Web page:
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Biochemical characterization of the Mycobacterium tuberculosis phosphoribosyl-1-pyrophosphate synthetase

By Luke J. Alderwick, Georgina S. Lloyd, Adrian Lloyd, Andrew L. Lovering, L. Eggeling and Gurdyal S. Besra


Mycobacterium tuberculosis arabinogalactan (AG) is an essential cell wall component. It\ud provides a molecular framework serving to connect peptidoglycan to the outer mycolic\ud acid layer. The biosynthesis of the arabinan domains of AG and lipoarabinomannan\ud (LAM), occurs via a combination of membrane bound arabinofuranosyltransferases, all\ud of which utilise decaprenol-1-monophosphorabinose as a substrate (DPA). The source of\ud arabinose ultimately destined for deposition into cell wall AG or LAM, originates\ud exclusively from phosphoribosyl-1-pyrophosphate (pRpp), a central metabolite which is\ud also required for other essential metabolic processes, such as de novo purine and\ud pyrimidne biosynthesis. In M. tuberculosis, a single pRpp synthetase enzyme (Mt-PrsA)\ud is soley responsible for the generation of pRpp, by catalysing the transfer of\ud pyrophosphate from ATP to the C1 hydroxyl position of ribose-5-phosphate. Here, we\ud report a detailed biochemical and biophysical study of Mt-PrsA, which exhibits the most\ud rapid enzyme kinetics reported for a pRpp synthetase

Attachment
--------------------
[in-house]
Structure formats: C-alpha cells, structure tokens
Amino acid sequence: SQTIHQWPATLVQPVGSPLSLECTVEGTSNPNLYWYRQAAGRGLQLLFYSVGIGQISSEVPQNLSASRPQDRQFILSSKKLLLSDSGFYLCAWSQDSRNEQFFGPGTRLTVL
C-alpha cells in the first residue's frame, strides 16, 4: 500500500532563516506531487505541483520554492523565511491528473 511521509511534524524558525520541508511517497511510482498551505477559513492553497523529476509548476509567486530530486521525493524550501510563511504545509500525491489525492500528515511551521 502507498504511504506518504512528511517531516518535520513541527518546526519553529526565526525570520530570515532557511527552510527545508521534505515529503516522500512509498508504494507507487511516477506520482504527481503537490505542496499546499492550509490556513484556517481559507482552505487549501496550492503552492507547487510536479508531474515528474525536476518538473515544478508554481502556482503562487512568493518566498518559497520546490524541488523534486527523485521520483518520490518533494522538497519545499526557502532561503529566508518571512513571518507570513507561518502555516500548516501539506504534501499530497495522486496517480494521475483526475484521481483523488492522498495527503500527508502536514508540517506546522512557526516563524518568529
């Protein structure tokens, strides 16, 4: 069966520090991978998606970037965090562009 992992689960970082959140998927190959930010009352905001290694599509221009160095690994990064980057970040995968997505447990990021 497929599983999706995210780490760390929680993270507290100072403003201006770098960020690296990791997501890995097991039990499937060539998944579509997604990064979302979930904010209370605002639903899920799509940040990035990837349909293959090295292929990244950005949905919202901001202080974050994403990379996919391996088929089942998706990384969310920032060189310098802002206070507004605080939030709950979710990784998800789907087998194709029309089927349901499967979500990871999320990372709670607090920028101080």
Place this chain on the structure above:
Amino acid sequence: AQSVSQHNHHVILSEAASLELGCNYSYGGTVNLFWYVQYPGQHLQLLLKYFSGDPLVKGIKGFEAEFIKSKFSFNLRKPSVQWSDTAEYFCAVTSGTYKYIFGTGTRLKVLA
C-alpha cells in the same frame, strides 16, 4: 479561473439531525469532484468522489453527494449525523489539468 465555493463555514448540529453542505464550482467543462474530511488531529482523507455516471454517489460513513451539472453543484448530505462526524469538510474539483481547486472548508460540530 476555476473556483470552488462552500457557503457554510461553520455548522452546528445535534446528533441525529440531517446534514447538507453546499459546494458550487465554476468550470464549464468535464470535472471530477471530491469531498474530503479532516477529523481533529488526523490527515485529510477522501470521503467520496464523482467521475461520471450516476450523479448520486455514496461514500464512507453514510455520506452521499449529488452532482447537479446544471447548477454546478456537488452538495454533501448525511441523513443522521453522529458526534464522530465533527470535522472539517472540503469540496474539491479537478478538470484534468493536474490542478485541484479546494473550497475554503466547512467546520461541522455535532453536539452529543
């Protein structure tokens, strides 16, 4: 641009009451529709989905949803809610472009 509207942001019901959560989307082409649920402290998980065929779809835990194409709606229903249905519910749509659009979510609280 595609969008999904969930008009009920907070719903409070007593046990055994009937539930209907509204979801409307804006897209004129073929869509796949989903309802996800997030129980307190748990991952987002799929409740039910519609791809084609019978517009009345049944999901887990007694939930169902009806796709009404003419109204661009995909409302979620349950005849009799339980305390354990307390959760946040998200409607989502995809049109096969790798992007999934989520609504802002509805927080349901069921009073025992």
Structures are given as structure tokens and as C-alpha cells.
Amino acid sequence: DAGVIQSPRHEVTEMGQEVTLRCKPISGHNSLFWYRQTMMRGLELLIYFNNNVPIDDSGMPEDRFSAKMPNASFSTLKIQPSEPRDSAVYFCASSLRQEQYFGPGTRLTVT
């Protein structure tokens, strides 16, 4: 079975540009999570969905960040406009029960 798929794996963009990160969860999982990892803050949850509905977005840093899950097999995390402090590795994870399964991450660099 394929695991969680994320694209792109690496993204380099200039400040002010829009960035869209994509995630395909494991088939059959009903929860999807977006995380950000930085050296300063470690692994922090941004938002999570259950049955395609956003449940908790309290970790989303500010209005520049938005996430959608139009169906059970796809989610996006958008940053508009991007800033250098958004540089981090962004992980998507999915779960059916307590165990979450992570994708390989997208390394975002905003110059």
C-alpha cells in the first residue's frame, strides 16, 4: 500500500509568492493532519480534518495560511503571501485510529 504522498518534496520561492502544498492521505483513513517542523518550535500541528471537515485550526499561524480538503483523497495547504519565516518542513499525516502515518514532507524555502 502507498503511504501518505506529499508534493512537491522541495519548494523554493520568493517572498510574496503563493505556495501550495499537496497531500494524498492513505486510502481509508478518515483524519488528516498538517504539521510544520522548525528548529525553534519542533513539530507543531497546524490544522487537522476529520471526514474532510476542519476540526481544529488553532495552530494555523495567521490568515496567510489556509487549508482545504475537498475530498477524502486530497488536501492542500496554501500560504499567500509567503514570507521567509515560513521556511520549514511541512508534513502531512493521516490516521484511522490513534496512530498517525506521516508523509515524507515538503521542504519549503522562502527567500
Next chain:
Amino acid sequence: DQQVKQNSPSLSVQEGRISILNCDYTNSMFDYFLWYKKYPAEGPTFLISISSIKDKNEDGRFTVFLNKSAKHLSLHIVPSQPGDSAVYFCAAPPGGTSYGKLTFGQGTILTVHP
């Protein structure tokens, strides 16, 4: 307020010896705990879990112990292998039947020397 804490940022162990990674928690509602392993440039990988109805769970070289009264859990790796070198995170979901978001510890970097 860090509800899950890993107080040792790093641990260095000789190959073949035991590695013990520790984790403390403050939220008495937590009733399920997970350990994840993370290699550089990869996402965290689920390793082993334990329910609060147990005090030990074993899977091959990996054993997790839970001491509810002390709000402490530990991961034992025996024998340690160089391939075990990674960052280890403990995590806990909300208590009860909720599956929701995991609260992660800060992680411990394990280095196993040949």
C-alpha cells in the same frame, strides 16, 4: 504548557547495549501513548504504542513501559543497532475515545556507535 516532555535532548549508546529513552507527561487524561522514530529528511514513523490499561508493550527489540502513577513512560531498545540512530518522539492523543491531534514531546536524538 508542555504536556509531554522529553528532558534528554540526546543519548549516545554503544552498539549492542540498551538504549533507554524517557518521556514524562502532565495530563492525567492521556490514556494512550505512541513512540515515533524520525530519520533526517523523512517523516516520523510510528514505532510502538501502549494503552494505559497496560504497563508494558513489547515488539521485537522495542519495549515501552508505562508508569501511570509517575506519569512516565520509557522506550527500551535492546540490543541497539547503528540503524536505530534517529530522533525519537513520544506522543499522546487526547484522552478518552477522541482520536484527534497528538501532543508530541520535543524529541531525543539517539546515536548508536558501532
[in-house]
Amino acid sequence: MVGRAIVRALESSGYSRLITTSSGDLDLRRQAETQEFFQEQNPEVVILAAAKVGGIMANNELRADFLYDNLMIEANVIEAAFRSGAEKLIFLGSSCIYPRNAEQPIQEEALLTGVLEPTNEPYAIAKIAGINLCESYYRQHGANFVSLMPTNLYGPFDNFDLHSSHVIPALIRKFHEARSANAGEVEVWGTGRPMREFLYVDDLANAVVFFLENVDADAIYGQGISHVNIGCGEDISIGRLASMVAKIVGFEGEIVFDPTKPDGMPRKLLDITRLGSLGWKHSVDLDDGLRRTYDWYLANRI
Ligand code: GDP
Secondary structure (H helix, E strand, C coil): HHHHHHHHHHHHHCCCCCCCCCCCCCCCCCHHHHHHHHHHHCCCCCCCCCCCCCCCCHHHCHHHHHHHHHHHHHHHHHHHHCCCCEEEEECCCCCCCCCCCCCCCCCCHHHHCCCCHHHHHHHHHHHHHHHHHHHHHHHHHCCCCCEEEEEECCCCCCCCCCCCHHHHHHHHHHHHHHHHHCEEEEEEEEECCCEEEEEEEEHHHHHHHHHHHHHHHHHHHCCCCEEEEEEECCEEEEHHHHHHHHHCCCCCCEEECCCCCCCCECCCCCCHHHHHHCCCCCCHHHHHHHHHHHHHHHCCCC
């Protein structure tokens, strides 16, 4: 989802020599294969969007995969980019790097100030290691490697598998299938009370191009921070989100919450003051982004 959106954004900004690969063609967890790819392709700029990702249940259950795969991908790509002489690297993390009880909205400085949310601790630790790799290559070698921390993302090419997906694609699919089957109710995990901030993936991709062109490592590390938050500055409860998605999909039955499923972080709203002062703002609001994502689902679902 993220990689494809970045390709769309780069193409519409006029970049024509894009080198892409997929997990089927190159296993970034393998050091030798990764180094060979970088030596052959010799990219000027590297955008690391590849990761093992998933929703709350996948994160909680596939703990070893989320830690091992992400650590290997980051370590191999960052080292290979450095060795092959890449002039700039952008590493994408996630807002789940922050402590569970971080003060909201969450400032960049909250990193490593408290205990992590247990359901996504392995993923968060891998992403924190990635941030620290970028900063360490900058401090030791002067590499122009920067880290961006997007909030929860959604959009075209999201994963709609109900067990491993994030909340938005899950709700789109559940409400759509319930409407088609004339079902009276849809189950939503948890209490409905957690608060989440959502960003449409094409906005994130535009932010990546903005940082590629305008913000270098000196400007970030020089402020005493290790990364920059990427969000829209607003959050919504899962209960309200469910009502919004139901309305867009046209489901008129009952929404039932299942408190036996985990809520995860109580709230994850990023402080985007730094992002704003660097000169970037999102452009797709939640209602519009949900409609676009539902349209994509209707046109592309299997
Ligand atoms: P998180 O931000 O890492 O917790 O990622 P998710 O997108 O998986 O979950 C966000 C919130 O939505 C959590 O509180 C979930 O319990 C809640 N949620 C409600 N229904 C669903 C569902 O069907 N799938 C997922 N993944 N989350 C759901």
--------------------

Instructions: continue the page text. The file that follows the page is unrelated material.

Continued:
Topics: QR
Publisher: Oxford University Press
Year: 2011
OAI identifier: oai:wrap.warwick.ac.uk:4449

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